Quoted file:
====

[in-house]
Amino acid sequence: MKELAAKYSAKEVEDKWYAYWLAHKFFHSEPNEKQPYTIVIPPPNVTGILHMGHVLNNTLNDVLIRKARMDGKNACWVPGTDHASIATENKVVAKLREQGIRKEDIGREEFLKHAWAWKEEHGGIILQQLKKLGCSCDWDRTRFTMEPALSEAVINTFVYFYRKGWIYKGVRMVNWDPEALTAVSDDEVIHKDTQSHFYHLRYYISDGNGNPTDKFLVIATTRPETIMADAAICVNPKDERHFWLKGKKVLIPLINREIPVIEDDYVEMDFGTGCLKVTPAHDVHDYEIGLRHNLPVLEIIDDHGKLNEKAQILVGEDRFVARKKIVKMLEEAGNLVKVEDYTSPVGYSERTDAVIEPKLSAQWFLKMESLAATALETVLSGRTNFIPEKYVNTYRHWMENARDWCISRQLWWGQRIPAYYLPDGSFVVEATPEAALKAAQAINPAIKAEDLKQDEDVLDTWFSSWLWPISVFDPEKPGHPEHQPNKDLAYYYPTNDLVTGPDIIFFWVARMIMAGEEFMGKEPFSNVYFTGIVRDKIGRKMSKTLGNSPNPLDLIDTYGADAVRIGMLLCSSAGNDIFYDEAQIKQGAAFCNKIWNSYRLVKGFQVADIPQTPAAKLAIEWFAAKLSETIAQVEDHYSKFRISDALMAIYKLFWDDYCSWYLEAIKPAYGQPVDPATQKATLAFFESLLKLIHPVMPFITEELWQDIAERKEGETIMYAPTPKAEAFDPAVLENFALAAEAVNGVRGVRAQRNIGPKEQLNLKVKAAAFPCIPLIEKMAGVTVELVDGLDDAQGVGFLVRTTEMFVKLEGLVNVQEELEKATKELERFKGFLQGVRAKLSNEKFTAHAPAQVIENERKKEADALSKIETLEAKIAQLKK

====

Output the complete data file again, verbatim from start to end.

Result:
[in-house]
Amino acid sequence: MKELAAKYSAKEVEDKWYAYWLAHKFFHSEPNEKQPYTIVIPPPNVTGILHMGHVLNNTLNDVLIRKARMDGKNACWVPGTDHASIATENKVVAKLREQGIRKEDIGREEFLKHAWAWKEEHGGIILQQLKKLGCSCDWDRTRFTMEPALSEAVINTFVYFYRKGWIYKGVRMVNWDPEALTAVSDDEVIHKDTQSHFYHLRYYISDGNGNPTDKFLVIATTRPETIMADAAICVNPKDERHFWLKGKKVLIPLINREIPVIEDDYVEMDFGTGCLKVTPAHDVHDYEIGLRHNLPVLEIIDDHGKLNEKAQILVGEDRFVARKKIVKMLEEAGNLVKVEDYTSPVGYSERTDAVIEPKLSAQWFLKMESLAATALETVLSGRTNFIPEKYVNTYRHWMENARDWCISRQLWWGQRIPAYYLPDGSFVVEATPEAALKAAQAINPAIKAEDLKQDEDVLDTWFSSWLWPISVFDPEKPGHPEHQPNKDLAYYYPTNDLVTGPDIIFFWVARMIMAGEEFMGKEPFSNVYFTGIVRDKIGRKMSKTLGNSPNPLDLIDTYGADAVRIGMLLCSSAGNDIFYDEAQIKQGAAFCNKIWNSYRLVKGFQVADIPQTPAAKLAIEWFAAKLSETIAQVEDHYSKFRISDALMAIYKLFWDDYCSWYLEAIKPAYGQPVDPATQKATLAFFESLLKLIHPVMPFITEELWQDIAERKEGETIMYAPTPKAEAFDPAVLENFALAAEAVNGVRGVRAQRNIGPKEQLNLKVKAAAFPCIPLIEKMAGVTVELVDGLDDAQGVGFLVRTTEMFVKLEGLVNVQEELEKATKELERFKGFLQGVRAKLSNEKFTAHAPAQVIENERKKEADALSKIETLEAKIAQLKK